Editor’s Note: For an alternative viewpoint, please see: Counterpoint: Debts and Deficits — Should We Be Worried?
Milton Friedman never tired of reminding us that in economics there is no such thing as a free lunch. If ever his adage had validity it has to be in relation to the question of running up excessive government debt. While throwing caution to the wind and increasing our public debt now might allow our government to finance a large unfunded tax cut, it does so at the very real risk of mortgaging our children and our grandchildren’s economic future.
Among the reasons to be concerned that the Republican majority abandoned its long-held principles of sound public-finance management by going along with a large unfunded tax cut is that the United States already has a compromised public debt position. Indeed, according to the Organization for Economic Cooperation and Development, our country’s public debt is already close to 100 percent of GDP. This is a level that is widely considered by economists to be in the danger zone.
With such a high public debt level, one would have thought the last thing that the country could now afford was a large tax cut that would increase that debt further by as much as $1.5 trillion over the next decade.
Sound public finance management would underline how ill advised it was for us to have chosen this particular economic juncture to put ourselves on an ever-increasing public debt path. The basic principles of sound public finance suggests that in the good economic times, when the economy is humming along well and when unemployment is low, one should make every effort to reduce the public debt. One does so in order to leave room for increasing the budget deficit and running up public debt in the bad times when the economy might need a fiscal boost.
One might ask with U.S. unemployment already down to a decade long low of around 4 percent and with the economy growing at a healthy 3 percent clip, did the economy really now need a fiscal boost? Further one might ask whether we should not already now be thinking about how our public finances will deteriorate further if the economy were for any reason to go into recession?
By having used up our fiscal space now in the good times, we run the risk of not having room to increase the budget deficit in the bad economic times to provide the economy a boost when it might really be needed.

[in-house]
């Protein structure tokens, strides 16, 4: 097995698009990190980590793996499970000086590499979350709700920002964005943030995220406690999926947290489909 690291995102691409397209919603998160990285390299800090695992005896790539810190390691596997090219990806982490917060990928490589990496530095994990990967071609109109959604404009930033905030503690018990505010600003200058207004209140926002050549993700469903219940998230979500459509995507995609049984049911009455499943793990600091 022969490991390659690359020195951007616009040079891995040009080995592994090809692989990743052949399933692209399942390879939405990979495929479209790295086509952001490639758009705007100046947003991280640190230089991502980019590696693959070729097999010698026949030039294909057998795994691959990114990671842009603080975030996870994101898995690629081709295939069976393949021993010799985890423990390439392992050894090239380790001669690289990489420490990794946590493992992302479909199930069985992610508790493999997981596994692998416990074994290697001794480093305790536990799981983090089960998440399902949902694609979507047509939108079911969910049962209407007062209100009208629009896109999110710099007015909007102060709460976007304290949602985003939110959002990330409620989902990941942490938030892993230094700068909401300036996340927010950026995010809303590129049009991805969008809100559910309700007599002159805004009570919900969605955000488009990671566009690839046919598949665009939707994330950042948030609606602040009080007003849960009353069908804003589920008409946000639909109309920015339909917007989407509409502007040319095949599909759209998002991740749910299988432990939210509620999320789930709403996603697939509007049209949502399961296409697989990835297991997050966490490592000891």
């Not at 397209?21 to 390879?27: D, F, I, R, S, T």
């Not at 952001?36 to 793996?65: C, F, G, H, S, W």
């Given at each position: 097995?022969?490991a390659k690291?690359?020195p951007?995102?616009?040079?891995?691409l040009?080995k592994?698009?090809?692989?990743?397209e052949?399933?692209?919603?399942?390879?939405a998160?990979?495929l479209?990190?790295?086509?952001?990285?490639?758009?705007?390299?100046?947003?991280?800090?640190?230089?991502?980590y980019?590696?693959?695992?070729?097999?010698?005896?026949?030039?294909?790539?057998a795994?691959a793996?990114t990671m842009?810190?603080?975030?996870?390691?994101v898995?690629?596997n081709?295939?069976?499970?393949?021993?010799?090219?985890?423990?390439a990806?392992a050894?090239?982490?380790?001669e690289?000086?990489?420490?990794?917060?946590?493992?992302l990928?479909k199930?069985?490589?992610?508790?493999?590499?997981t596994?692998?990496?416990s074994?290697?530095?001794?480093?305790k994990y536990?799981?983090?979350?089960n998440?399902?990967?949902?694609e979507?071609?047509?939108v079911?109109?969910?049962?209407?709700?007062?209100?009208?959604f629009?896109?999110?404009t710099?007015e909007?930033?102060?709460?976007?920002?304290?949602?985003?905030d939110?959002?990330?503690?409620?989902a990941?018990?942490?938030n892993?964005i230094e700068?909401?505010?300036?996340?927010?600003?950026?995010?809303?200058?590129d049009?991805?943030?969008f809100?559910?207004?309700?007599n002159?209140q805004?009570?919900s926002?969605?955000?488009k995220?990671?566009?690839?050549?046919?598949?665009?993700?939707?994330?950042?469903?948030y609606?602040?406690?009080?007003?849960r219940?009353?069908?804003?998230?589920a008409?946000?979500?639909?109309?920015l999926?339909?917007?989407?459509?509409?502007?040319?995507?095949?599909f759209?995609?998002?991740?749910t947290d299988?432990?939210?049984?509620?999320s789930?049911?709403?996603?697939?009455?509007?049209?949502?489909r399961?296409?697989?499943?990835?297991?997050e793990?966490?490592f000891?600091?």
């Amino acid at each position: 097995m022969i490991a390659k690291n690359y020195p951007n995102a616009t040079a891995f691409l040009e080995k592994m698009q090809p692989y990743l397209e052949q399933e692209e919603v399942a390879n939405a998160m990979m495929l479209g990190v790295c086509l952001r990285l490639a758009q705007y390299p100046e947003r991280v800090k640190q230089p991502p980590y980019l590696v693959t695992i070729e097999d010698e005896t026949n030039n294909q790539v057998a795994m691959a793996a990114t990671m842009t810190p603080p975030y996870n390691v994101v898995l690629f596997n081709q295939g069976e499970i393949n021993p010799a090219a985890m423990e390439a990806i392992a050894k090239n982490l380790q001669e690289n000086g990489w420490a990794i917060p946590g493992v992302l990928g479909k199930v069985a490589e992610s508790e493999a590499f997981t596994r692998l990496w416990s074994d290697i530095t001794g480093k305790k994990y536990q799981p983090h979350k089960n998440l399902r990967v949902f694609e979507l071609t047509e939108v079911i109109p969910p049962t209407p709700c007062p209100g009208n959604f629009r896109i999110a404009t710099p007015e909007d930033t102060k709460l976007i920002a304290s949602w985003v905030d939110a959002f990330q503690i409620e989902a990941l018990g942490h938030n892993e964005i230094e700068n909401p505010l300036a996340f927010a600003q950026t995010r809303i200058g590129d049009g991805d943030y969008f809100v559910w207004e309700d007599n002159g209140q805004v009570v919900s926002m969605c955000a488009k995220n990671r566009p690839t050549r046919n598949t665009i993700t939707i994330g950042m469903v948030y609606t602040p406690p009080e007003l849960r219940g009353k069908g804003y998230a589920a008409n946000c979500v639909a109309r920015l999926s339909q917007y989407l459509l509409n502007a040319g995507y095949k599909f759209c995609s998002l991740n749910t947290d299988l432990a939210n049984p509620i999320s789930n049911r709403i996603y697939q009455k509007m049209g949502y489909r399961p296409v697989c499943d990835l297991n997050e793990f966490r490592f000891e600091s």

Those who seem to be unconcerned by our country’s budget deficit and by its already large public debt level point to the currently very low long-term interest rates at which the U.S. government can presently fund itself. What they fail to take into account is that these low interest rates have been the artificial product of the Federal Reserve’s extraordinarily easy monetary policy over the last eight years to get the economy back onto its feet.
As such, those interest rates are unlikely to stay permanently low and when they start rising the government could have difficulty financing itself cheaply. Indeed, now that the economy is approaching full employment, the Fed has already started the process of raising interest rates and reducing the size of its balance sheet.
Worse yet, the currently expansive budget policy might force the Fed to raise interest rates at a faster pace than it otherwise would have done. When it does so, the government’s interest rate costs are surely bound to rise.
Those who are sanguine about increased budget deficits and rising public debt also fail to take into account how increasingly reliant such a policy course makes us on foreign financing. Increasing our budget deficit has the effect of reducing the level of our country’s public savings and, by forcing interest rates higher, it also tends to increase the value of the dollar. That in turn has the effect of increasing our trade deficit, which requires yet more resort to foreign financing.
Those who are unconcerned by our increased reliance on foreign financing seem to turn a blind eye to how heavily indebted our country’s government already is to countries like China, which are not particularly well disposed to us. One would have thought that such considerations would have dictated that, far from further increasing our reliance on such foreign sources of finance, we should have been making every effort to reduce our external economic vulnerability by paying down our debt.
The book of Psalms teaches us that what one might sow in tears one might reap in joy. Sadly, there are all too many reasons to think that by our sowing in joy with an unfunded tax cut, our children are likely to reap in sorrow the fruits of lower long-run economic growth.